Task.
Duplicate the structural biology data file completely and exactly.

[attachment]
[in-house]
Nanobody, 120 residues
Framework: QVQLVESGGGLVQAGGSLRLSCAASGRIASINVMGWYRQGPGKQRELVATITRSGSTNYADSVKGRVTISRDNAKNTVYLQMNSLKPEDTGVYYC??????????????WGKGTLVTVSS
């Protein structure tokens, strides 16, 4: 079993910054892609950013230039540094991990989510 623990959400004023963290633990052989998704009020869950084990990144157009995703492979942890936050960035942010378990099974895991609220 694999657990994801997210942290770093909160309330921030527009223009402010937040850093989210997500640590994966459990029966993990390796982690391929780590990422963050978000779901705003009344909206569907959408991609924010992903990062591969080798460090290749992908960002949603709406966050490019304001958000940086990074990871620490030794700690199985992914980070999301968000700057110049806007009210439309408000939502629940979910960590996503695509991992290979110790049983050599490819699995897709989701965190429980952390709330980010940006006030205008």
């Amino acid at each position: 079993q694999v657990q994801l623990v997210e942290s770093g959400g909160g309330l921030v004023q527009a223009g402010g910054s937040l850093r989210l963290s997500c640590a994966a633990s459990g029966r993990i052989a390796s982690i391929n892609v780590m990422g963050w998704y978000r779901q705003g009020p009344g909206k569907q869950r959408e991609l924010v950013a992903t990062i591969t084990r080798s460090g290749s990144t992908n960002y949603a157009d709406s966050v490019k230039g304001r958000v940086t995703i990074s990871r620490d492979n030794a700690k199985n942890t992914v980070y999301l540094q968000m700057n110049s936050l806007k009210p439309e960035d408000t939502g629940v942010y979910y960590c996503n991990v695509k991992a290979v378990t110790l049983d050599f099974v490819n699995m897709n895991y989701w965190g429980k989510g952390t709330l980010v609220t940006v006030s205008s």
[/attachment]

[in-house]
Nanobody, 120 residues
Framework: QVQLVESGGGLVQAGGSLRLSCAASGRIASINVMGWYRQGPGKQRELVATITRSGSTNYADSVKGRVTISRDNAKNTVYLQMNSLKPEDTGVYYC??????????????WGKGTLVTVSS
């Protein structure tokens, strides 16, 4: 079993910054892609950013230039540094991990989510 623990959400004023963290633990052989998704009020869950084990990144157009995703492979942890936050960035942010378990099974895991609220 694999657990994801997210942290770093909160309330921030527009223009402010937040850093989210997500640590994966459990029966993990390796982690391929780590990422963050978000779901705003009344909206569907959408991609924010992903990062591969080798460090290749992908960002949603709406966050490019304001958000940086990074990871620490030794700690199985992914980070999301968000700057110049806007009210439309408000939502629940979910960590996503695509991992290979110790049983050599490819699995897709989701965190429980952390709330980010940006006030205008």
């Amino acid at each position: 079993q694999v657990q994801l623990v997210e942290s770093g959400g909160g309330l921030v004023q527009a223009g402010g910054s937040l850093r989210l963290s997500c640590a994966a633990s459990g029966r993990i052989a390796s982690i391929n892609v780590m990422g963050w998704y978000r779901q705003g009020p009344g909206k569907q869950r959408e991609l924010v950013a992903t990062i591969t084990r080798s460090g290749s990144t992908n960002y949603a157009d709406s966050v490019k230039g304001r958000v940086t995703i990074s990871r620490d492979n030794a700690k199985n942890t992914v980070y999301l540094q968000m700057n110049s936050l806007k009210p439309e960035d408000t939502g629940v942010y979910y960590c996503n991990v695509k991992a290979v378990t110790l049983d050599f099974v490819n699995m897709n895991y989701w965190g429980k989510g952390t709330l980010v609220t940006v006030s205008s």